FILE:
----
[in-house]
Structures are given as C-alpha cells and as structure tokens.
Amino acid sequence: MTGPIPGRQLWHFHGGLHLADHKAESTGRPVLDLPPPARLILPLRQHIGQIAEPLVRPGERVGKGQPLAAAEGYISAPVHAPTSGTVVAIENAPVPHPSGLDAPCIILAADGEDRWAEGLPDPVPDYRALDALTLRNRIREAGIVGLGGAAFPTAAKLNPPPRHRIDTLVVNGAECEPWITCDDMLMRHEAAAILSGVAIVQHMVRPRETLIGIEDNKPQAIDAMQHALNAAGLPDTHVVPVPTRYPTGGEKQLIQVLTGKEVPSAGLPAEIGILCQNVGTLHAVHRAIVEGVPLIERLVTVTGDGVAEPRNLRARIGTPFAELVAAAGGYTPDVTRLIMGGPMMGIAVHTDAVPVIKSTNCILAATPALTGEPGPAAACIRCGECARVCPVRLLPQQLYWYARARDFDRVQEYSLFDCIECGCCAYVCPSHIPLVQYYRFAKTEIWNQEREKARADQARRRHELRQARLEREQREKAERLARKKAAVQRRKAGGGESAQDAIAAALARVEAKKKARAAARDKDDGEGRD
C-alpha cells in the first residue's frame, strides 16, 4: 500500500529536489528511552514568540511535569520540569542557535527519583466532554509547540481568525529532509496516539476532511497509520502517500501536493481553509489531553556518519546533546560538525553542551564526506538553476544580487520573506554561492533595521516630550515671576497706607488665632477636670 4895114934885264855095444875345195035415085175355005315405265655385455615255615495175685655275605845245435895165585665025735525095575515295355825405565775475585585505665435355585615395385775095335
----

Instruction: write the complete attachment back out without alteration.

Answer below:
[in-house]
Structures are given as C-alpha cells and as structure tokens.
Amino acid sequence: MTGPIPGRQLWHFHGGLHLADHKAESTGRPVLDLPPPARLILPLRQHIGQIAEPLVRPGERVGKGQPLAAAEGYISAPVHAPTSGTVVAIENAPVPHPSGLDAPCIILAADGEDRWAEGLPDPVPDYRALDALTLRNRIREAGIVGLGGAAFPTAAKLNPPPRHRIDTLVVNGAECEPWITCDDMLMRHEAAAILSGVAIVQHMVRPRETLIGIEDNKPQAIDAMQHALNAAGLPDTHVVPVPTRYPTGGEKQLIQVLTGKEVPSAGLPAEIGILCQNVGTLHAVHRAIVEGVPLIERLVTVTGDGVAEPRNLRARIGTPFAELVAAAGGYTPDVTRLIMGGPMMGIAVHTDAVPVIKSTNCILAATPALTGEPGPAAACIRCGECARVCPVRLLPQQLYWYARARDFDRVQEYSLFDCIECGCCAYVCPSHIPLVQYYRFAKTEIWNQEREKARADQARRRHELRQARLEREQREKAERLARKKAAVQRRKAGGGESAQDAIAAALARVEAKKKARAAARDKDDGEGRD
C-alpha cells in the first residue's frame, strides 16, 4: 500500500529536489528511552514568540511535569520540569542557535527519583466532554509547540481568525529532509496516539476532511497509520502517500501536493481553509489531553556518519546533546560538525553542551564526506538553476544580487520573506554561492533595521516630550515671576497706607488665632477636670 4895114934885264855095444875345195035415085175355005315405265655385455615255615495175685655275605845245435895165585665025735525095575515295355825405565775475585585505665435355585615395385775095335